Starring: Jennifer Aniston, Kevin Costner, Shirley Maclaine, Mark Ruffalo, Richard Jenkins, Mena Suvari, Christopher McDonald, Kathy Bates, Mike Vogel
Directed By: Rob Reiner
Plot: In one of the weirdest plots ever put to film, Aniston plays Sarah, a young woman engaged to Jeff (Ruffalo), who is experiencing a lot of second thoughts. She learns that her mother, who has since passed, ran away to Mexico with an old boyfriend a week before the wedding, and becomes convinced that this other man could be her father. That would be a normal plot, until the film throws a huge curveball and reveals this family as the basis for the graduate. That means that Beau (Costner) slept with her grandmother (Maclaine) and her mother. And her?
What Works: All the gross stuff aside, I actually thought Costner and Aniston had really good chemistry. Which is icky, but in a different romantic comedy, they’d be good together. She actually works better with Costner than Ruffalo, which leaves you oddly rooting for her to choose the guy who has already slept with her mom and grandmother. I attribute this to Costner’s endless charm, and Aniston being perfect in romcoms. It’s almost too easy to get swept up in Beau. He’s an incredibly nice, smart, charming guy who has a beautiful home, a private plane, and a ton of money. He seems pretty “baggage free” and for any other girl would be an obvious choice. But considering Sarah meets Beau because she thinks he might be her biological father, your rooting for them makes you feel like you’re committing some kind of crime.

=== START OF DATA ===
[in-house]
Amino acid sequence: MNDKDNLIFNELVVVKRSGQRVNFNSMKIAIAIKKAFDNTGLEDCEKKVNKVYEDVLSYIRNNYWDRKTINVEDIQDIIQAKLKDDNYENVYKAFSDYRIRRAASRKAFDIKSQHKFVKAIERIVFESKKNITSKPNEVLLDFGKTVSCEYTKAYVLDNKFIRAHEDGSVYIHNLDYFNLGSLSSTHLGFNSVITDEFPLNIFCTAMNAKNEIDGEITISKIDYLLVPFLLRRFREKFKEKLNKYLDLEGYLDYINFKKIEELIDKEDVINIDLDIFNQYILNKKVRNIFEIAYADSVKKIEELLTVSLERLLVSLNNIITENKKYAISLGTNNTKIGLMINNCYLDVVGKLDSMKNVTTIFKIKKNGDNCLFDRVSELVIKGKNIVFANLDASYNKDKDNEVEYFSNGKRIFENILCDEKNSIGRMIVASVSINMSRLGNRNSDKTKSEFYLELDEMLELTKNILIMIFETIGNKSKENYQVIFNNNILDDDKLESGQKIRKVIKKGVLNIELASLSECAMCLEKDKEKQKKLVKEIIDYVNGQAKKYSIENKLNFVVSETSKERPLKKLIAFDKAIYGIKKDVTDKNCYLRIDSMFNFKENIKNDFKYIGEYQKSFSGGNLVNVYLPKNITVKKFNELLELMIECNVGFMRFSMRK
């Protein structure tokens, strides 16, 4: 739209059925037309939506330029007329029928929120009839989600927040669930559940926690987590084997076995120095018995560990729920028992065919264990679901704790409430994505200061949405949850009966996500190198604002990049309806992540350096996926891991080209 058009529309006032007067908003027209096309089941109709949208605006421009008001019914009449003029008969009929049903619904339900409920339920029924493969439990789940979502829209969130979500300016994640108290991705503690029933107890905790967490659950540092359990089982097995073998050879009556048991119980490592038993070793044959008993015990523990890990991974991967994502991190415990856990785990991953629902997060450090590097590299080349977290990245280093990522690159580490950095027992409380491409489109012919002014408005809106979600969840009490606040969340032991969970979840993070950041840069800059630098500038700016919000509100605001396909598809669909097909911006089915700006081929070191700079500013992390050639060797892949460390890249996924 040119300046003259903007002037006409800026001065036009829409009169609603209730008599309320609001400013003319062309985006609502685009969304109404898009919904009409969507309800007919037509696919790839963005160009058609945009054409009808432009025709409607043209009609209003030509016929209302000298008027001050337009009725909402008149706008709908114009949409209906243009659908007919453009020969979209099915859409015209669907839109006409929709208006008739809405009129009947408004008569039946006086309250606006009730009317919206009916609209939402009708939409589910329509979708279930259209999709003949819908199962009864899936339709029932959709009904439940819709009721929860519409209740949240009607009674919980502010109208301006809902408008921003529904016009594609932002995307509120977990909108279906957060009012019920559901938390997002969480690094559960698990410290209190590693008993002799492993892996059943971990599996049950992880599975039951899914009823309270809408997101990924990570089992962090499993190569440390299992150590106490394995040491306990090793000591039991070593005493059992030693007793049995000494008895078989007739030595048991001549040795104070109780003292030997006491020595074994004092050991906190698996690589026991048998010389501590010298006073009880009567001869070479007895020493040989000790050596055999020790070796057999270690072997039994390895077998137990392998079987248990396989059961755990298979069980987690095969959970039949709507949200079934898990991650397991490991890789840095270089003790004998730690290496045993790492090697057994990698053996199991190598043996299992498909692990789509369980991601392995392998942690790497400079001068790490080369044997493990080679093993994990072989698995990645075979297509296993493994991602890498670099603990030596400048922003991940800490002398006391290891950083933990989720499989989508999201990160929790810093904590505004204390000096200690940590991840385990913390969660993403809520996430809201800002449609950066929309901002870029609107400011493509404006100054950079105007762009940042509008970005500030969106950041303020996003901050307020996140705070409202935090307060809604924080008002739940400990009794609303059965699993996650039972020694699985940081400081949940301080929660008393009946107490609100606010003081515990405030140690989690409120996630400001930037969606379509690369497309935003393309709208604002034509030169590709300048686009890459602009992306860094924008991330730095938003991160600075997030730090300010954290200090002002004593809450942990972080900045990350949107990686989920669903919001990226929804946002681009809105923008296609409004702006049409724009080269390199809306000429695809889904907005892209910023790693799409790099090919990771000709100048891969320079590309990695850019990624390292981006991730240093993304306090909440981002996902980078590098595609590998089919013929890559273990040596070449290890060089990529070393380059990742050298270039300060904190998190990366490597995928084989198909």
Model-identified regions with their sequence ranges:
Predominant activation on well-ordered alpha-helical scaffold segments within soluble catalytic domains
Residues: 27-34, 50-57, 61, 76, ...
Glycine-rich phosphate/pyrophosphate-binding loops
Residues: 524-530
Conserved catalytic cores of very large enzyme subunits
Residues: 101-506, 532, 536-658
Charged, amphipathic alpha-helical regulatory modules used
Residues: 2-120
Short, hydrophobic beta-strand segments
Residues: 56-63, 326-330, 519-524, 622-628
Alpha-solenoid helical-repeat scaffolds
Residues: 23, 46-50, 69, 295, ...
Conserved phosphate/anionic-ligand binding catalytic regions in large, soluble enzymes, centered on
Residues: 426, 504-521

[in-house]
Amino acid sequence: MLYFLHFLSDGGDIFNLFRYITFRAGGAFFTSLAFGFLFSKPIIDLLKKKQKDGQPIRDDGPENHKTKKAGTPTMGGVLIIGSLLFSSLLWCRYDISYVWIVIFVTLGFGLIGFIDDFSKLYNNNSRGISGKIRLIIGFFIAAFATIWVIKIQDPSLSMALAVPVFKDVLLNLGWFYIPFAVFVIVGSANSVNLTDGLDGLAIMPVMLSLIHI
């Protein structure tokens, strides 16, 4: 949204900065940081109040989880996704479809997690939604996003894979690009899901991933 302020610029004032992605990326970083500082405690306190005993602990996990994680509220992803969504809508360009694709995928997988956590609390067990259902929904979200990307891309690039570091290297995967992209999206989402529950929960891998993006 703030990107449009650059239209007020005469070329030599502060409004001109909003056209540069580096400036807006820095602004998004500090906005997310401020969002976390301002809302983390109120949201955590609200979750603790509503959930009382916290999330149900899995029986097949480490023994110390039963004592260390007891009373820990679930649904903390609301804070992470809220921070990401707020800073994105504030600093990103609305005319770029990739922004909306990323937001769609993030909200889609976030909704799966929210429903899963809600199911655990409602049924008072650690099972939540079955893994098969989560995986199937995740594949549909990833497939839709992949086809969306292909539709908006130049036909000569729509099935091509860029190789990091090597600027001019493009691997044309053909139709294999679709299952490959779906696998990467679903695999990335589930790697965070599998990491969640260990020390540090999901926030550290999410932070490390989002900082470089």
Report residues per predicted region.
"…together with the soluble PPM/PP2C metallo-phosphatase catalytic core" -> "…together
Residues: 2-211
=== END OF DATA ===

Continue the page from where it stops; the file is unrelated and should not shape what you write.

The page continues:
What Doesn’t Work: It’s just such a gross plot. I think that’s the main reason many people hate on this film. It’s actually a well shot, otherwise well written film. Rob Reiner knows what he’s doing. It’s just that he creates this love triangle between three people, one of whom has slept with three generations of women in the same family. It would be a lot to take if he had just slept with her mother, because that’s the plot of Autumn In New York (from what I remember). But the grandmother also? Come on now. The sensible side of me is still wrestling with whether or not she should have chosen Beau, because he was a far more interesting person than Jeff. Jeff was boring. It’s like he was downplayed in order to give Beau a fighting chance with the audience, which works. I actually wanted Sarah to choose Beau, and I hate myself for that.
Final Word: An incredibly odd romantic comedy. It would have worked better as an SNL sketch, but instead we got a very serious romantic comedy take. I’m not sure how I really feel about it now. I actually watched this a few days ago, and I’m still not sure how I feel about it. I’m not sure I’ll ever know, or if I’ll ever morally recover from rooting for Beau to get the girl. I want to give it an F, and tell you to stay far away, but I can’t do that. I somewhat enjoyed this, and I thought the cast did a good job, and the film was competently shot and edited. It’s not an “F” film.
FINAL GRADE: C+